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Stealth Technology and its Effect on Aerial Warfare

Group Captain Vivek Kapur was Research Fellow at the Institute for Defence Studies and Analyses (IDSA), New Delhi. Click here for detailed profile
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  • IDSA Monograph Series No. 33

    In aerial warfare technology has progressed rapidly from the frail and flimsy machines seen in the air in the first half of the twentieth century. In the jet age that started soon after World War-II military aviation initially expanded into higher speeds and multirole capabilities. In the early 1970s the concept of making military aircraft more difficult to detect gained the attention of design and development teams. Since then the world has seen the F-117 “Nighthawk”, the world's first stealth or “low observable” fighter. This was followed shortly by the F-22 “Raptor” and F-35 “Lightning-II”. The performance of the F-117 in the Gulf War of 1991 and in Kosovo made it clear that stealth was a revolutionary technology. Programmes to make stealth aircraft thereafter commenced in other parts of the world as well with the Russians developing the PAK FA and PAK DA, China working on the J-20, J-31, and “sharp sword” Unmanned Combat Air Vehicle (UCAV), and India working on the Advanced Medium Combat aircraft (AMCA), Fifth Generation Fighter Aircraft (FGFA) and Autonomous Unmanned Research aircraft (AURA). Stealth has been seen as practically invincible by the lay public. However, an understanding of how stealth technology works and an examination of the possible means of countering stealth aircraft help come to a more balanced understanding of this important technology. This monograph attempts to commence this task of explaining stealth technology, looking at possible counters to stealth and discussing the ways in which stealth technology changes the conduct of aerial warfare.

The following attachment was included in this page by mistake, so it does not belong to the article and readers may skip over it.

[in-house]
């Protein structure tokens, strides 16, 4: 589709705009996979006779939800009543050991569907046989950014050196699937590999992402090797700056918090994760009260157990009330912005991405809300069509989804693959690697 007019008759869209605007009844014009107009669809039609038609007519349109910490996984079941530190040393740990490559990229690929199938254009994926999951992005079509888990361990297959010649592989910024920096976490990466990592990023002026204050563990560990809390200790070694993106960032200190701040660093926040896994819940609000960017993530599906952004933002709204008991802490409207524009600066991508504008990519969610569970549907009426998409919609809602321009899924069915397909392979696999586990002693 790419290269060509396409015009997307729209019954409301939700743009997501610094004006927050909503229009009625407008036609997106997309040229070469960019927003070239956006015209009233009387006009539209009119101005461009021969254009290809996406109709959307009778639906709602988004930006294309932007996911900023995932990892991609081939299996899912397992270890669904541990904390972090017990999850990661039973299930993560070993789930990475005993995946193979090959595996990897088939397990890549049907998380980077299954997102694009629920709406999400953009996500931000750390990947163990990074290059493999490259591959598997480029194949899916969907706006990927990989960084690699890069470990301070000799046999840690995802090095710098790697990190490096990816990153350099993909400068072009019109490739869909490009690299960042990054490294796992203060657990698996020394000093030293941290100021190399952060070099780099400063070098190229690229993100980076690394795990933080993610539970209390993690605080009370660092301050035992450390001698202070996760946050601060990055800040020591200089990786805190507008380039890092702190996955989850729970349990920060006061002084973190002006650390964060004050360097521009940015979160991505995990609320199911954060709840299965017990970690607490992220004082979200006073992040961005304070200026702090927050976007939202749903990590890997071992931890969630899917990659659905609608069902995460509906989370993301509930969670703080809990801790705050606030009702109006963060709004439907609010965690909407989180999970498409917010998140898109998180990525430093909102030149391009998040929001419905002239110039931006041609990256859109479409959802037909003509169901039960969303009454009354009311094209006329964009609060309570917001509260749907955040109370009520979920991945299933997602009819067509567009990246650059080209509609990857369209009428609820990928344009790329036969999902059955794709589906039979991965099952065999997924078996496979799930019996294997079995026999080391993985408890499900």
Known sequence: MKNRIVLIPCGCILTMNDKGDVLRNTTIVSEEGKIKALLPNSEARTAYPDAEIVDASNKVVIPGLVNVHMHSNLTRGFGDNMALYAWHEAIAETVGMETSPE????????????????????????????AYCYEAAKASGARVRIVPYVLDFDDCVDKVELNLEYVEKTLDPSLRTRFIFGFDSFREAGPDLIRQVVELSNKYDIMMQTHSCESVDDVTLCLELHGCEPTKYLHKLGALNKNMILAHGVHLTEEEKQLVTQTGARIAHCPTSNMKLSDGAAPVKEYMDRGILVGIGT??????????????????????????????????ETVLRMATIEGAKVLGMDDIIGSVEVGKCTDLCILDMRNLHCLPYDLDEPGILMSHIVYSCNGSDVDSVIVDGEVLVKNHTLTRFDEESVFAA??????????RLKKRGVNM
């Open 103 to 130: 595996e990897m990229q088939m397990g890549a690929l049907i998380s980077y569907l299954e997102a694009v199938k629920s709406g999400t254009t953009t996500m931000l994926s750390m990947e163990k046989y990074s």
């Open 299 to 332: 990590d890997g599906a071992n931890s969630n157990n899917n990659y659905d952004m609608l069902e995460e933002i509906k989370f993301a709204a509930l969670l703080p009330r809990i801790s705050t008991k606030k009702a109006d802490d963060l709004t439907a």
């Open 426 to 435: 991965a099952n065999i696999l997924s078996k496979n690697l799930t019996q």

About the Author

    Group Captain Vivek Kapur is a serving Indian Air Force fighter pilot. He has extensive experience in fighter flying, operational command, as well as in training appointments. He has worked as a Research Fellow at the Centre for Air Power Studies (CAPS) in the past and was a Research Fellow at the Institute for Defence Studies and Analyses (IDSA) during 2012 and 2013. He is currently a Senior Fellow at CAPS. Gp. Capt. Kapur holds a M.Sc. degree in Defence and strategic Studies from Madras University as well as an MBA from Delhi University, and is pursuing a Doctoral degree at the school of International Studies (SIS) at Jawaharlal Nehru University (JNU), New Delhi.

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